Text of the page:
If today was your last day?

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Hi everyone!

How are you all doing today? Is life treating you well? I hope it is, because we will talk about it today.

Recently, I thought about an important question and was very happy with my own answer. The question was: What would I wish I was doing differently if I knew it was my last day today? Would I wish to be more hard-working? Would I wish I had a different life? Would I wish to be a different person? My answer was: I would do everything the same. And I genuinely felt that. Not because I am doing everything well, because that is not true at all. But I think I know I am doing what I can and want to do at each moment and some of these moments are just spent on meaningless things.  This was my overall feeling when answering that question.

When we ask a question like this to ourselves, we can essentially assess where we are in our personal development. I believe that we can judge where we are by how satisfied we are with ourselves. Are we trying to be a different person? Are we at the mercy of other’s perception of us so we end up doing what others want and not we want? If our answer is affirmative to such questions, that means we are probably not very happy with who we are. That calls for a change. A change towards feeling more like us and less like others. When we are satisfied with who we are, then we will not want to change anything even if it is really our last day on earth.

How can we achieve this change? I think there are some crucial steps. The first step is that we need to understand ourselves better: what do we really want? So, we need to try things out and meditate. The second step is finding out ways to establish some of our findings as habits. Once we establish our own habits, that will help us be less at the mercy of others. When we establish enough habits and they become a part of us (so we can define who we are clearly), then the sense of satisfaction will find you. This step is where you feel at ease with yourself.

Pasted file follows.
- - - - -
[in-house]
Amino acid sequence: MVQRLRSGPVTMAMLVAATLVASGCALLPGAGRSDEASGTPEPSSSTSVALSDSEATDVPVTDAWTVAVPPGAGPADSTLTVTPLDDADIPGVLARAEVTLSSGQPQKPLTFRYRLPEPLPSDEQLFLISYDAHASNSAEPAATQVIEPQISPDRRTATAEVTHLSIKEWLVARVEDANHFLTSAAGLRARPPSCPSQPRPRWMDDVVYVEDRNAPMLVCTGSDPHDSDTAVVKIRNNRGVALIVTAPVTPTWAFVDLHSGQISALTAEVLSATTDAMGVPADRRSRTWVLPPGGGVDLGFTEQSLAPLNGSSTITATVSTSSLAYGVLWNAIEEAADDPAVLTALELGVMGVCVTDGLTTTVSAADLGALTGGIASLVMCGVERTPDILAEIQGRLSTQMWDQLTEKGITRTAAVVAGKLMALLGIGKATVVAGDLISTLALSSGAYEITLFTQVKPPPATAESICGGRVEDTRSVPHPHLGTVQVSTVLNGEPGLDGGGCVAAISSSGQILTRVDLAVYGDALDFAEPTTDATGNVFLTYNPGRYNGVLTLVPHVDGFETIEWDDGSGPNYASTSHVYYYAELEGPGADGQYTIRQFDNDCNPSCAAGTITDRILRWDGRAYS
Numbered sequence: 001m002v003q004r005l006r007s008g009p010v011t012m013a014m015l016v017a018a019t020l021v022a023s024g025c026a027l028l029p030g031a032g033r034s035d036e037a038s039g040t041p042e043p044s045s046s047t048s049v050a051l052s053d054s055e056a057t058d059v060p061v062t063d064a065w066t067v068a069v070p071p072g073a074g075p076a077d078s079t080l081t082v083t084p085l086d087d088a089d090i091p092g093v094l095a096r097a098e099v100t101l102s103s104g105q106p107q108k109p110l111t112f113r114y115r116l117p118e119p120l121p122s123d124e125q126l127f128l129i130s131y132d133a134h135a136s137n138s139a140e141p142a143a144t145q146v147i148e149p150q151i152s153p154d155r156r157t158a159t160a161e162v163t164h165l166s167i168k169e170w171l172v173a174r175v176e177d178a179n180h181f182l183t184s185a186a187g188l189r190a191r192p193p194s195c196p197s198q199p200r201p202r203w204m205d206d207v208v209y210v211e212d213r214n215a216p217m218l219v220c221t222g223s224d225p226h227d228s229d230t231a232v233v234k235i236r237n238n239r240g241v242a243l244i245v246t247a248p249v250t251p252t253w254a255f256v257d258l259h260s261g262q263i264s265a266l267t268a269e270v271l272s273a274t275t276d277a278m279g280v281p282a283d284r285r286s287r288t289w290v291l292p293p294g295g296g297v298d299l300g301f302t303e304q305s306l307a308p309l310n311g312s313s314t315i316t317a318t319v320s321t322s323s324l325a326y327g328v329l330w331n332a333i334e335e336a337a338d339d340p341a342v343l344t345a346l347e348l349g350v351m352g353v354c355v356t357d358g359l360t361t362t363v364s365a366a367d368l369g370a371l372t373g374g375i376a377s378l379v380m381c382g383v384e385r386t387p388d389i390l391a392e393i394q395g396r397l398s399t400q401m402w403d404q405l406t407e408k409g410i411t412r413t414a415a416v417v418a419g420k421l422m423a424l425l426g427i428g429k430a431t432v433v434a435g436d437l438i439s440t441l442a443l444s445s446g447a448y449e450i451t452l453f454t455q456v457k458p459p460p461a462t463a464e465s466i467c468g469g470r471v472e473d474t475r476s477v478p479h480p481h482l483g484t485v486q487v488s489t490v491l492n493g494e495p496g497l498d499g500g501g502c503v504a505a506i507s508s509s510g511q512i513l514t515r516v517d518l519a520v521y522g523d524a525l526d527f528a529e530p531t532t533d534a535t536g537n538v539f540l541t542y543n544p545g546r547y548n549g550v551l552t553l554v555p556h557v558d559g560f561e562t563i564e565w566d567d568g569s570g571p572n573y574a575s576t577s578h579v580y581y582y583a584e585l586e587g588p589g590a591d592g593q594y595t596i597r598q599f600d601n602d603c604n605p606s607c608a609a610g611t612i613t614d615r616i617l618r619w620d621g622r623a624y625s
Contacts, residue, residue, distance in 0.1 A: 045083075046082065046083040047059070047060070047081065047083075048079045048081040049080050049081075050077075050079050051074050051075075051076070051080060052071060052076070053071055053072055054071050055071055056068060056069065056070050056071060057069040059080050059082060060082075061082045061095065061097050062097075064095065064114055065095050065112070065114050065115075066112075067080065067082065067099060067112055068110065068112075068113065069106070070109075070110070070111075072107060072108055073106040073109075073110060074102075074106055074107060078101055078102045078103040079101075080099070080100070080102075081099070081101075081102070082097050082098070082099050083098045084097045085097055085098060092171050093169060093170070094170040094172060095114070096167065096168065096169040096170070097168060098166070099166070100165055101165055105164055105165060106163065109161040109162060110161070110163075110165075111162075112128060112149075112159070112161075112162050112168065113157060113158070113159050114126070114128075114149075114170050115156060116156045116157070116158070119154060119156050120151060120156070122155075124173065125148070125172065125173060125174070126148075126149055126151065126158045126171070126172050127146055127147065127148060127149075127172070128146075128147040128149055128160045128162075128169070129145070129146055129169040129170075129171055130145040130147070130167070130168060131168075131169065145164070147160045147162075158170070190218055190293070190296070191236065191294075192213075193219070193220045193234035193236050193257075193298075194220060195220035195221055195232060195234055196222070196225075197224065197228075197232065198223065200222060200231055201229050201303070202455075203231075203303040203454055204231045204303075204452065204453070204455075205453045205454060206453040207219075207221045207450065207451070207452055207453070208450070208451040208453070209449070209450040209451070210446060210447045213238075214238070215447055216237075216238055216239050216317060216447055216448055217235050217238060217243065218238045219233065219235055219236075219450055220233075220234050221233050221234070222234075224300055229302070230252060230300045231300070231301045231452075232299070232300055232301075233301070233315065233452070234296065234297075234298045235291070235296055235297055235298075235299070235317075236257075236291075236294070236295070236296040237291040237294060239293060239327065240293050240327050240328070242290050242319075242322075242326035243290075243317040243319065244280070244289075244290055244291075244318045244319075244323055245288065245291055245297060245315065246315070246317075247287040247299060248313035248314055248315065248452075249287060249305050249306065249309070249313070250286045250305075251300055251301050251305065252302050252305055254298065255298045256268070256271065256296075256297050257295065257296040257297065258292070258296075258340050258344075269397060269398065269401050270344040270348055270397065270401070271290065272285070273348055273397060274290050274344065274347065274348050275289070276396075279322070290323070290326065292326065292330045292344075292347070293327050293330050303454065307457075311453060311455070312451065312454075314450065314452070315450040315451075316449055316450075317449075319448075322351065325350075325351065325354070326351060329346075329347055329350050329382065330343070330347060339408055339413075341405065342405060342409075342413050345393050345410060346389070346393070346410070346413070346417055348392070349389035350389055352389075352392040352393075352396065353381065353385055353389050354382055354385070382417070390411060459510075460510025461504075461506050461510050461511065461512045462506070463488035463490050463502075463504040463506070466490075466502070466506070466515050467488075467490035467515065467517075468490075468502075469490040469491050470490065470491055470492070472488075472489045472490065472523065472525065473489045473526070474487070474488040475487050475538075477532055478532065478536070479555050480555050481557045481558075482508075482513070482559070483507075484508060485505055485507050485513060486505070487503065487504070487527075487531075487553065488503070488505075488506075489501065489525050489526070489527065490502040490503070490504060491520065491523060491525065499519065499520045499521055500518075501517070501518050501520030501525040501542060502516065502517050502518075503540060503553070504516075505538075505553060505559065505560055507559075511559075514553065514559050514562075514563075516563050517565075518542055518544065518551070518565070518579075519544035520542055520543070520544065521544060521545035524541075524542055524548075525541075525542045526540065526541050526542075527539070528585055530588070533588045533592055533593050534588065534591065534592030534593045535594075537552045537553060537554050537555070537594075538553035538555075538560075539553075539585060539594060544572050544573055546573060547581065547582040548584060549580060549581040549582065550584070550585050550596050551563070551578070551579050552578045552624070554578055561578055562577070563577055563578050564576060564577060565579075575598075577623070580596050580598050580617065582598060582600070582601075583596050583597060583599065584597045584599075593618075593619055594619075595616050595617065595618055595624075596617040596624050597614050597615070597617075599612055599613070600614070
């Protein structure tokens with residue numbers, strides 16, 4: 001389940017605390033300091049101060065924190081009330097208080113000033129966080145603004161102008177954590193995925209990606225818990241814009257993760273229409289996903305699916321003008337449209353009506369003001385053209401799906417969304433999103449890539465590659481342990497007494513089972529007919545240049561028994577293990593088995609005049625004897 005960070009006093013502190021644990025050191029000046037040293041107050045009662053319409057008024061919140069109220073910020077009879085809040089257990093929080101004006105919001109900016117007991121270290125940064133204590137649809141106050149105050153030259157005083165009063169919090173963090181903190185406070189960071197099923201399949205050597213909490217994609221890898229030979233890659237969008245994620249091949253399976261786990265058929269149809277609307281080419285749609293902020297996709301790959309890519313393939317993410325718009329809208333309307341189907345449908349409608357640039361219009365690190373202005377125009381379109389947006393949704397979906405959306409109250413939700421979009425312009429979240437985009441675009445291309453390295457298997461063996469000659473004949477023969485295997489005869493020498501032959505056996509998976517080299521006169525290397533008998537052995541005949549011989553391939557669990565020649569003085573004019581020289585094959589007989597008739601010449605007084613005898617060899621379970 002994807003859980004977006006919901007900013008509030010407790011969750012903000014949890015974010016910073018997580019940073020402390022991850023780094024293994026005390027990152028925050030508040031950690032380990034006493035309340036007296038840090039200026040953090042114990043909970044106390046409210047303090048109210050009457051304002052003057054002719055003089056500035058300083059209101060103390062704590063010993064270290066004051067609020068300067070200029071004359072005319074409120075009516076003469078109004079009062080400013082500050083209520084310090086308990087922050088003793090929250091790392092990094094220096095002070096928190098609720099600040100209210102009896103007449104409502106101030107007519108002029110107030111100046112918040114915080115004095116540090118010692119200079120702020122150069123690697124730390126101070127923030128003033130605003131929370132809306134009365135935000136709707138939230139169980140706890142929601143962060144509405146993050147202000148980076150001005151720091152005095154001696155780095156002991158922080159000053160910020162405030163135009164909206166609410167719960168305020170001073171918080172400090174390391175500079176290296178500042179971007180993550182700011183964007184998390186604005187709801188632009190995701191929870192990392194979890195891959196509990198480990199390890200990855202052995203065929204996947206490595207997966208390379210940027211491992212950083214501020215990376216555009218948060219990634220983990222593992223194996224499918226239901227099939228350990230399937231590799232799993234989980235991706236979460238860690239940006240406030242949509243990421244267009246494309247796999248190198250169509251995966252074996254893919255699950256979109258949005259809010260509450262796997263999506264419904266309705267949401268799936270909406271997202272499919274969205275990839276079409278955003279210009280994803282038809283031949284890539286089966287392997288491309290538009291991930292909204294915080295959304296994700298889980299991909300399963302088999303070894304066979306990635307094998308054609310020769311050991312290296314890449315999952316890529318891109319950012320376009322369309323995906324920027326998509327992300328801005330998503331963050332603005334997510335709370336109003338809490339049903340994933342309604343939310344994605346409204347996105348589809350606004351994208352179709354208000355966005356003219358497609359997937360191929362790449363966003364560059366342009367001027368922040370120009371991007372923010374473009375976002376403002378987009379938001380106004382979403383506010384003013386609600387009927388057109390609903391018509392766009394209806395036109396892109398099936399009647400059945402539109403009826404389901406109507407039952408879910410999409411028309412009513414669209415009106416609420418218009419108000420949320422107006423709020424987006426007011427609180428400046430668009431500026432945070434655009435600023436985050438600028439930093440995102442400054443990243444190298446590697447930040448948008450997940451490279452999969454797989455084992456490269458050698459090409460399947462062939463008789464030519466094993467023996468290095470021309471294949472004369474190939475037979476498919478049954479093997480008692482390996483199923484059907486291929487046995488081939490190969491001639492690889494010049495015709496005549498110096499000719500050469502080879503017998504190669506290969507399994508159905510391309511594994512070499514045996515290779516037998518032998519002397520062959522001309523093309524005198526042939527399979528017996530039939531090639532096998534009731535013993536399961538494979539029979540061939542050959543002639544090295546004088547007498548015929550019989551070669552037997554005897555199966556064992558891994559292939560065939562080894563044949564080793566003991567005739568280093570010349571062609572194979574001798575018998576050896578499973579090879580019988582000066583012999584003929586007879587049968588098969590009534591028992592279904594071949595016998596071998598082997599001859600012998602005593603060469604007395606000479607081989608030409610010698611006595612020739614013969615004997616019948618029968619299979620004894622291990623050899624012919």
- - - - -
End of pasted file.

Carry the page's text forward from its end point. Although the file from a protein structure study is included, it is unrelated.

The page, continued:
Have you thought about the question I asked myself? If so, what was your answer? If not, can you ask that to yourself now and tell me your answer? If you think there are things you would want to do differently, what are they? Let’s chat!

Betul

88 thoughts on “If today was your last day?

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    1. This is thought provoking. I often ask myself this question and the answer used to be that I definitely wished I was someone else. But lately, I keep learning new things and picking up healthy new habits and although I am not totally where I want to be for example, I want to publish a book lol but then, I am me and I am enjoying living out the beautiful and wonderful way God has created me. I am learning new things! Finishing new meaning to life and enjoying my walk with God. Thank you for sharing this. I hope we all can grow to be the best version of ourselves there is.

      Liked by 1 person

  1. There are a few things I would have changed in my life. However, that is the past and nothing I can do about them now. I now live in the present and only look forward to the things I have control of. Remaining positive is the best way to stay happy in your life.

    Sure there are ups and downs in life. Remaining positive helps you emotionally and physically. It is not always easy to stay positive in life. I believe we are only given things in life that we can truly handle.

    I have battled through depression, anxiety, and PTSD, to name a few. Not an easy time in life. But I have come through on the other side as a more positive person. I will still have some of those feelings along the way. it will all be on how I can cope with the struggles in life.

    Liked by 4 people

    1. I also had some of these, but they made me into a more positive and probably stronger person. I also don’t feel great always but that is part of life and we can accept them as part of us too.

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  2. Whenever I ask myself this question I end up recalling a poem.

    “Recognise for what they are, the chapters of your life so far, which in themselves can justify the chances you let slip by. What the memory chooses to forget and what in time the past doesn’t show, the restless mind cannot regret and the sentimental heart will never know” – unknown

    Liked by 3 people

  3. We treat time is at least precious asset what it is in fact our most precious. Time is limited, once spent, it’s gone. Each day needs a purpose, which you are aware before the day starts and what you have achieved by the day’s end.

    Liked by 2 people

  4. I would spend my last day with my daughter. I want to spend every day with my daughter but I can’t because I am divorced and I don’t have nor should I have custody of her. So I am not where I want to be in life and I have no control over it . Hopefully on my last day I am with her.

    Liked by 1 person

  5. I just thought about this too💃💃then saw it here after writing about it.😂